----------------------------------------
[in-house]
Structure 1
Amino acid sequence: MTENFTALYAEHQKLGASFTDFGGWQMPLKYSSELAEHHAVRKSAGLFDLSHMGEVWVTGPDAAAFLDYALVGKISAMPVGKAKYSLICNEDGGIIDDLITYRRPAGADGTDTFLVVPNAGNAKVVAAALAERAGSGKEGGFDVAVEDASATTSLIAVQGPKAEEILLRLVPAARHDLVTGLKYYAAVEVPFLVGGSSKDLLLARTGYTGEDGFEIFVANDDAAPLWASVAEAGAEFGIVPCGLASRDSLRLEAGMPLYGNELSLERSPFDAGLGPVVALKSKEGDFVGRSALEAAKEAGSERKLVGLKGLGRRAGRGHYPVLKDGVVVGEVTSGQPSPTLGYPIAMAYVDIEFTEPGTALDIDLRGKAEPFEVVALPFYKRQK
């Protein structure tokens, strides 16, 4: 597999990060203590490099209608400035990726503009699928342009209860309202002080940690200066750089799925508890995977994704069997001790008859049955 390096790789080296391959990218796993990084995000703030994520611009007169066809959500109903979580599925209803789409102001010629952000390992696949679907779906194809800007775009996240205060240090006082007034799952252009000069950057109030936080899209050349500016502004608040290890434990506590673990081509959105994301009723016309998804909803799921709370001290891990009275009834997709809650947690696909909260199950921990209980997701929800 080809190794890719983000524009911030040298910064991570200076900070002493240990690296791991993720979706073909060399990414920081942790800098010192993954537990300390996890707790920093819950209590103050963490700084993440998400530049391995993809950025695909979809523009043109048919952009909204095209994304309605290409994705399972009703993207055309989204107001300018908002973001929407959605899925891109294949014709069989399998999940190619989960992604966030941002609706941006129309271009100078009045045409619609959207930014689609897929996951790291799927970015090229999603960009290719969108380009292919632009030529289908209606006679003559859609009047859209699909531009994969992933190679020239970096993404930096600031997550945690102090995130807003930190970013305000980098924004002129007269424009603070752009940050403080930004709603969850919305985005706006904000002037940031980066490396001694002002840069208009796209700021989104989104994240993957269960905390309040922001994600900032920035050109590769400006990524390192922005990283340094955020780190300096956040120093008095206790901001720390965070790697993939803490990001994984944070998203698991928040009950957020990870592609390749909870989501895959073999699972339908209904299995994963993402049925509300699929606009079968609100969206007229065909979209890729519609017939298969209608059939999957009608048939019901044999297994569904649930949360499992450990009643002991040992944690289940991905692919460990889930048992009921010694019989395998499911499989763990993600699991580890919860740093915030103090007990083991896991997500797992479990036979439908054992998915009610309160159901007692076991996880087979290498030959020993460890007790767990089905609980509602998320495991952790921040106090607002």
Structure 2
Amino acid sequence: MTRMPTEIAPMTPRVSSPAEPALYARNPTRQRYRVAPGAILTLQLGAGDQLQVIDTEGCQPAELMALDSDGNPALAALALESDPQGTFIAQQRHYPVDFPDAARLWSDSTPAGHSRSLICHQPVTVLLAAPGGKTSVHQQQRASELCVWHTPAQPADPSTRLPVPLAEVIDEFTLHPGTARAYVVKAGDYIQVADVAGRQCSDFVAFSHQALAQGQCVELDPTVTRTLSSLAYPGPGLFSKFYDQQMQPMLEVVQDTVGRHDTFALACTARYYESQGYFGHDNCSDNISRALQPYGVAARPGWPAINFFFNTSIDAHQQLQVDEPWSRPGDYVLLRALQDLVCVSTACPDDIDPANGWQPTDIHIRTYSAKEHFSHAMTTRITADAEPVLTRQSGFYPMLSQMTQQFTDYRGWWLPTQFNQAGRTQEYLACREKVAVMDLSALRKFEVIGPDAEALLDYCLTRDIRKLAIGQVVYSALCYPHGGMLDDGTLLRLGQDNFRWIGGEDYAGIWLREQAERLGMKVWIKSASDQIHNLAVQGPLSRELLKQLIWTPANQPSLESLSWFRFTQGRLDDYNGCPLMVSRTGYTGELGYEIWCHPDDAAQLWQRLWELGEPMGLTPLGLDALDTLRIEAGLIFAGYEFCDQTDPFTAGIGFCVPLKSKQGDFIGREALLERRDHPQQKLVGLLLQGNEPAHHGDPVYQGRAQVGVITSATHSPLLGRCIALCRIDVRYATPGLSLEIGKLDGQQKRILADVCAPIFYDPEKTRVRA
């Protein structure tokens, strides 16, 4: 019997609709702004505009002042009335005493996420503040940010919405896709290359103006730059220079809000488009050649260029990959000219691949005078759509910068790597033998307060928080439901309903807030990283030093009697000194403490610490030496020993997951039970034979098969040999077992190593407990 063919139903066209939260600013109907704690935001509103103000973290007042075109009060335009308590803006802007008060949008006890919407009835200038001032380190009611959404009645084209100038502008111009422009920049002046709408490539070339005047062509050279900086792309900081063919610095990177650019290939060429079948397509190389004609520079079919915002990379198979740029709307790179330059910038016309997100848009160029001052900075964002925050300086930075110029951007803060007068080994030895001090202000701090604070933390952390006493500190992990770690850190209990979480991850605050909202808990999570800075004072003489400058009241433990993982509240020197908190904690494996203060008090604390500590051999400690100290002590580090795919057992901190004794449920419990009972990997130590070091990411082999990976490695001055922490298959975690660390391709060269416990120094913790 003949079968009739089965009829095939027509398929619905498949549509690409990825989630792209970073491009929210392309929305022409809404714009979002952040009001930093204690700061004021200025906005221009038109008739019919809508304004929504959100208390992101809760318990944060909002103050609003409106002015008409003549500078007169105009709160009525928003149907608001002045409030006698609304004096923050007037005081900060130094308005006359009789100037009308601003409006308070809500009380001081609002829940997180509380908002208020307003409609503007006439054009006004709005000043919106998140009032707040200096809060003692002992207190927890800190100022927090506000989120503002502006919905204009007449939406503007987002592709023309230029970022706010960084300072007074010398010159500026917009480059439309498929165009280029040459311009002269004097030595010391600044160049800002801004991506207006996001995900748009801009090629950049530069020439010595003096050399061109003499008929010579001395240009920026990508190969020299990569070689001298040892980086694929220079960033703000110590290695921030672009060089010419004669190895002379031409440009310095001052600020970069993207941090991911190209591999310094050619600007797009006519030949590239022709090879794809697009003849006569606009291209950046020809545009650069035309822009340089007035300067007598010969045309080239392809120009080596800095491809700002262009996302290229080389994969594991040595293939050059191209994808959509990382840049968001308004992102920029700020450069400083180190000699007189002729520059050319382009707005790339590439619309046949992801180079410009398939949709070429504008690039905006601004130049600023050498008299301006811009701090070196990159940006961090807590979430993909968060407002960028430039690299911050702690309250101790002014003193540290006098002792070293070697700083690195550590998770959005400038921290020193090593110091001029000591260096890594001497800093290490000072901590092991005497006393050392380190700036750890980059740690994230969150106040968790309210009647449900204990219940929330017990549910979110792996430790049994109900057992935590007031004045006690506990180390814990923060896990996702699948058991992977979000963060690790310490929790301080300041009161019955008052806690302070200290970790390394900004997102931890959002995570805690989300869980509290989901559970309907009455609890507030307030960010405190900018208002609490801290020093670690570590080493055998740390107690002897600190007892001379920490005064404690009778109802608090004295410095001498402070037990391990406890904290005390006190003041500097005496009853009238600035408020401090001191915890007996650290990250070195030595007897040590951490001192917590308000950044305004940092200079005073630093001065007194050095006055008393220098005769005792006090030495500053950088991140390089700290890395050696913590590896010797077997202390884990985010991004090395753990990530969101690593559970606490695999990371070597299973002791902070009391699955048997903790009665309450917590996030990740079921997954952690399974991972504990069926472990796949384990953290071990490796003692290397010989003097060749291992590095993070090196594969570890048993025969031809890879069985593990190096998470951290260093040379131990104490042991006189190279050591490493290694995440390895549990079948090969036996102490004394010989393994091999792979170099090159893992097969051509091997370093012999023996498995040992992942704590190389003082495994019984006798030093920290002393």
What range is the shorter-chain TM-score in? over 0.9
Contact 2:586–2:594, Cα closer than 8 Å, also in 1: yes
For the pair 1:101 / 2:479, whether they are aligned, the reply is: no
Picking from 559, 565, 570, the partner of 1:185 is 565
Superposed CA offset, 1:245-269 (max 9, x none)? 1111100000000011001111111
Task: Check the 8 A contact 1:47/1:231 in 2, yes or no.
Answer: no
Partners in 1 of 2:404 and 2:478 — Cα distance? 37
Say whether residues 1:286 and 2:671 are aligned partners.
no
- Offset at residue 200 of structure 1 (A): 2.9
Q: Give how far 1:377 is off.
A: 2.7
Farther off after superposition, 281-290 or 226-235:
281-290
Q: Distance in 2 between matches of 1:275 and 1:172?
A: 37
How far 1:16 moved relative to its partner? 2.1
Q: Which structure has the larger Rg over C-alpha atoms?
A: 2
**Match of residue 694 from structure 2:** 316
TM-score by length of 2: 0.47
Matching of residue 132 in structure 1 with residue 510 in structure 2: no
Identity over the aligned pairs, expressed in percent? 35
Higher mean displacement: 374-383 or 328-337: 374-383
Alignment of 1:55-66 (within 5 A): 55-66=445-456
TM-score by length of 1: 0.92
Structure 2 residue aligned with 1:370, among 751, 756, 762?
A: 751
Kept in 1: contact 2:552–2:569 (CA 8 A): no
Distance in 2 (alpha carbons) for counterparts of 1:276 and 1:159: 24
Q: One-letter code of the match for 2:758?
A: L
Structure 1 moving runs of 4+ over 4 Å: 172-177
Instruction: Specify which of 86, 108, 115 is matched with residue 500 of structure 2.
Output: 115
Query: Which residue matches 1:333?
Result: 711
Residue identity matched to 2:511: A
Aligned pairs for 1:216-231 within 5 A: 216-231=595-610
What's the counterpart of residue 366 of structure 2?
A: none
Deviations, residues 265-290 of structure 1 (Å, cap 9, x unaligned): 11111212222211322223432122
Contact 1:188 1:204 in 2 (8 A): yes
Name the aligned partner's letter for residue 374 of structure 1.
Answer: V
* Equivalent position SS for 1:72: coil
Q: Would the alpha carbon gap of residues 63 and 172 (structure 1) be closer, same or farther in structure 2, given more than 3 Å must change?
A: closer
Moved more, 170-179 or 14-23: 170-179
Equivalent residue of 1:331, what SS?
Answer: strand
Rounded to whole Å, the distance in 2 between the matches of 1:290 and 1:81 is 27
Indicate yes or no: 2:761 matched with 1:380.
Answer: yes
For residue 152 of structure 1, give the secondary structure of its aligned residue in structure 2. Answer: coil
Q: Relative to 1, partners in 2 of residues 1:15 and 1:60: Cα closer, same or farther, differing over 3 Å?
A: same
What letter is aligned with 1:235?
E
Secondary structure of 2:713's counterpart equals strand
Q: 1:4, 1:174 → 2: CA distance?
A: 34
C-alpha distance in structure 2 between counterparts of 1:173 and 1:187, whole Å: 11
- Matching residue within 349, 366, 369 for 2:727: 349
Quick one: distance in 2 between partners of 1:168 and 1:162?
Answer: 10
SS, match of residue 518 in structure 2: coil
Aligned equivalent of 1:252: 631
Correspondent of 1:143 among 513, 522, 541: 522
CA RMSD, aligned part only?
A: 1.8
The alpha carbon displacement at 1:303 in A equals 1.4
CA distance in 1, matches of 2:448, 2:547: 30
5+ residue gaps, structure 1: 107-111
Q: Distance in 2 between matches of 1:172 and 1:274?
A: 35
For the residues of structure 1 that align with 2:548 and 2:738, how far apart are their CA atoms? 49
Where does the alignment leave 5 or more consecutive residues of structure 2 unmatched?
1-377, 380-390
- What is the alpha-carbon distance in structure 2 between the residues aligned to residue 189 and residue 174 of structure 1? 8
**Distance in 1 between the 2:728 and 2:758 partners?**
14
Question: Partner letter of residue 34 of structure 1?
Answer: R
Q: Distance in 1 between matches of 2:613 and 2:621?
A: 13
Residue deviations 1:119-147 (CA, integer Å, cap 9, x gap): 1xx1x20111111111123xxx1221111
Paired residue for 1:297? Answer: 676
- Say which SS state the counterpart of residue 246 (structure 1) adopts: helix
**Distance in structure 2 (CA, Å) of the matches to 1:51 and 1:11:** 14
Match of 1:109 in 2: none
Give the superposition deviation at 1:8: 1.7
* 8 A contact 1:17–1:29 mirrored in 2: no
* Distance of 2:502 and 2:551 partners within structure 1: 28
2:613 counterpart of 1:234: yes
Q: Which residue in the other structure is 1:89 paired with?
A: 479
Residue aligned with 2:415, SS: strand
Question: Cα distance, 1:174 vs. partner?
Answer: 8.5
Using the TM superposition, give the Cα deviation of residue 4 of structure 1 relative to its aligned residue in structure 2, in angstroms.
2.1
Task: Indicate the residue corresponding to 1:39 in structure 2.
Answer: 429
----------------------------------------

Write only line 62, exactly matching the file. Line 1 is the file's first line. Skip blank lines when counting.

Answer: yes